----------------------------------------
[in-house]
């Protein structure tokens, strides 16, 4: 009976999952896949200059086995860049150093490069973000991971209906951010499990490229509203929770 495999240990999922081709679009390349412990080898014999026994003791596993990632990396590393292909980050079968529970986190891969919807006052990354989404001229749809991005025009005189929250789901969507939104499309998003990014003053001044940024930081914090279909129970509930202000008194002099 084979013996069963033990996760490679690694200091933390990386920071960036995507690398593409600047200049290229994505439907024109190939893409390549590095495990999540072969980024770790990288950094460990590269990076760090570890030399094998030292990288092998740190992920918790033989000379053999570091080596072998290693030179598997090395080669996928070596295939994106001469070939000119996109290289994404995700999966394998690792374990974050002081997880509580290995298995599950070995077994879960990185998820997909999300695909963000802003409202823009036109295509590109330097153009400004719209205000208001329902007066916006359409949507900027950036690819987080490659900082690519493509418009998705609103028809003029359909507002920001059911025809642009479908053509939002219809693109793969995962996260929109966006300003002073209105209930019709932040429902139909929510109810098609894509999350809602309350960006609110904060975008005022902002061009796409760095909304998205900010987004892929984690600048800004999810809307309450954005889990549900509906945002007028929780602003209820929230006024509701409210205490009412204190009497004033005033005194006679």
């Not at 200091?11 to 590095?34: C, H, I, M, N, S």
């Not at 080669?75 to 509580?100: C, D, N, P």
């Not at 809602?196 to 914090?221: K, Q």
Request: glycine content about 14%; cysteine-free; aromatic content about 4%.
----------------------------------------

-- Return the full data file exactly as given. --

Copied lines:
[in-house]
């Protein structure tokens, strides 16, 4: 009976999952896949200059086995860049150093490069973000991971209906951010499990490229509203929770 495999240990999922081709679009390349412990080898014999026994003791596993990632990396590393292909980050079968529970986190891969919807006052990354989404001229749809991005025009005189929250789901969507939104499309998003990014003053001044940024930081914090279909129970509930202000008194002099 084979013996069963033990996760490679690694200091933390990386920071960036995507690398593409600047200049290229994505439907024109190939893409390549590095495990999540072969980024770790990288950094460990590269990076760090570890030399094998030292990288092998740190992920918790033989000379053999570091080596072998290693030179598997090395080669996928070596295939994106001469070939000119996109290289994404995700999966394998690792374990974050002081997880509580290995298995599950070995077994879960990185998820997909999300695909963000802003409202823009036109295509590109330097153009400004719209205000208001329902007066916006359409949507900027950036690819987080490659900082690519493509418009998705609103028809003029359909507002920001059911025809642009479908053509939002219809693109793969995962996260929109966006300003002073209105209930019709932040429902139909929510109810098609894509999350809602309350960006609110904060975008005022902002061009796409760095909304998205900010987004892929984690600048800004999810809307309450954005889990549900509906945002007028929780602003209820929230006024509701409210205490009412204190009497004033005033005194006679």
């Not at 200091?11 to 590095?34: C, H, I, M, N, S």
């Not at 080669?75 to 509580?100: C, D, N, P």
């Not at 809602?196 to 914090?221: K, Q």
Request: glycine content about 14%; cysteine-free; aromatic content about 4%.